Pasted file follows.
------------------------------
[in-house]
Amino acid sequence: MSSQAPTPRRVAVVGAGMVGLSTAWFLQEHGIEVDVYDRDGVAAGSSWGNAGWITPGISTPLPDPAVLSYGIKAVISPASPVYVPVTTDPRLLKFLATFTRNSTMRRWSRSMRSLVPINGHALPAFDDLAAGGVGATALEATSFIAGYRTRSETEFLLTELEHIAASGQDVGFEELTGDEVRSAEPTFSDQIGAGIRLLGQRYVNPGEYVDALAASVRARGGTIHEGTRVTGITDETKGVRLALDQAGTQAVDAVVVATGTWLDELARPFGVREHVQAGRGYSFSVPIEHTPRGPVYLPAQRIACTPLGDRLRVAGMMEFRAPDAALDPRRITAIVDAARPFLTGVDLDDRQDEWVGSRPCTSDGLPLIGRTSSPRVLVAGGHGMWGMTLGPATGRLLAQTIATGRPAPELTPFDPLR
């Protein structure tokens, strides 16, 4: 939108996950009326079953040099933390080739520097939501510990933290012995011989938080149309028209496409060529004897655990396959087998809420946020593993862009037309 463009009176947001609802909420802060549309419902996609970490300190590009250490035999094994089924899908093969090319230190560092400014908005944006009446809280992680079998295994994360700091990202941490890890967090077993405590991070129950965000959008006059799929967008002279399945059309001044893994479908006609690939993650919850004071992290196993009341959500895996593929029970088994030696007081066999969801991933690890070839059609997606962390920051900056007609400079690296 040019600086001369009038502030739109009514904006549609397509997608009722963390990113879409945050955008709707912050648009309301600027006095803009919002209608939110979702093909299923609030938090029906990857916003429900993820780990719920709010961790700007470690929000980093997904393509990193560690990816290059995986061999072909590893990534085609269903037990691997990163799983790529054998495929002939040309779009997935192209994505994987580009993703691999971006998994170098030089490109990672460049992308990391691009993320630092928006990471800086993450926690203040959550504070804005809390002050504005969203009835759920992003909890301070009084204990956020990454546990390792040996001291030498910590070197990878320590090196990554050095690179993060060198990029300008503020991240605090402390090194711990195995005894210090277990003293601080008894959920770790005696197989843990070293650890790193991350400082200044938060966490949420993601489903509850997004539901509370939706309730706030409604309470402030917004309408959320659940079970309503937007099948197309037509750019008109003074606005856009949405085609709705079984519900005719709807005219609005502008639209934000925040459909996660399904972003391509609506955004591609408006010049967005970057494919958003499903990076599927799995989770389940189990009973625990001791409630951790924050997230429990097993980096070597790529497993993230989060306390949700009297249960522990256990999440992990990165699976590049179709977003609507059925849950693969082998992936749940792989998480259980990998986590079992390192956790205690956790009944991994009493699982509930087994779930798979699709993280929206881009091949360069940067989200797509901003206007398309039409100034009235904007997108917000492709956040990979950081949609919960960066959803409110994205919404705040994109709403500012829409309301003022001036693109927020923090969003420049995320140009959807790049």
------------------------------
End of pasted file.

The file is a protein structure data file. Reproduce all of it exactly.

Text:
[in-house]
Amino acid sequence: MSSQAPTPRRVAVVGAGMVGLSTAWFLQEHGIEVDVYDRDGVAAGSSWGNAGWITPGISTPLPDPAVLSYGIKAVISPASPVYVPVTTDPRLLKFLATFTRNSTMRRWSRSMRSLVPINGHALPAFDDLAAGGVGATALEATSFIAGYRTRSETEFLLTELEHIAASGQDVGFEELTGDEVRSAEPTFSDQIGAGIRLLGQRYVNPGEYVDALAASVRARGGTIHEGTRVTGITDETKGVRLALDQAGTQAVDAVVVATGTWLDELARPFGVREHVQAGRGYSFSVPIEHTPRGPVYLPAQRIACTPLGDRLRVAGMMEFRAPDAALDPRRITAIVDAARPFLTGVDLDDRQDEWVGSRPCTSDGLPLIGRTSSPRVLVAGGHGMWGMTLGPATGRLLAQTIATGRPAPELTPFDPLR
């Protein structure tokens, strides 16, 4: 939108996950009326079953040099933390080739520097939501510990933290012995011989938080149309028209496409060529004897655990396959087998809420946020593993862009037309 463009009176947001609802909420802060549309419902996609970490300190590009250490035999094994089924899908093969090319230190560092400014908005944006009446809280992680079998295994994360700091990202941490890890967090077993405590991070129950965000959008006059799929967008002279399945059309001044893994479908006609690939993650919850004071992290196993009341959500895996593929029970088994030696007081066999969801991933690890070839059609997606962390920051900056007609400079690296 040019600086001369009038502030739109009514904006549609397509997608009722963390990113879409945050955008709707912050648009309301600027006095803009919002209608939110979702093909299923609030938090029906990857916003429900993820780990719920709010961790700007470690929000980093997904393509990193560690990816290059995986061999072909590893990534085609269903037990691997990163799983790529054998495929002939040309779009997935192209994505994987580009993703691999971006998994170098030089490109990672460049992308990391691009993320630092928006990471800086993450926690203040959550504070804005809390002050504005969203009835759920992003909890301070009084204990956020990454546990390792040996001291030498910590070197990878320590090196990554050095690179993060060198990029300008503020991240605090402390090194711990195995005894210090277990003293601080008894959920770790005696197989843990070293650890790193991350400082200044938060966490949420993601489903509850997004539901509370939706309730706030409604309470402030917004309408959320659940079970309503937007099948197309037509750019008109003074606005856009949405085609709705079984519900005719709807005219609005502008639209934000925040459909996660399904972003391509609506955004591609408006010049967005970057494919958003499903990076599927799995989770389940189990009973625990001791409630951790924050997230429990097993980096070597790529497993993230989060306390949700009297249960522990256990999440992990990165699976590049179709977003609507059925849950693969082998992936749940792989998480259980990998986590079992390192956790205690956790009944991994009493699982509930087994779930798979699709993280929206881009091949360069940067989200797509901003206007398309039409100034009235904007997108917000492709956040990979950081949609919960960066959803409110994205919404705040994109709403500012829409309301003022001036693109927020923090969003420049995320140009959807790049």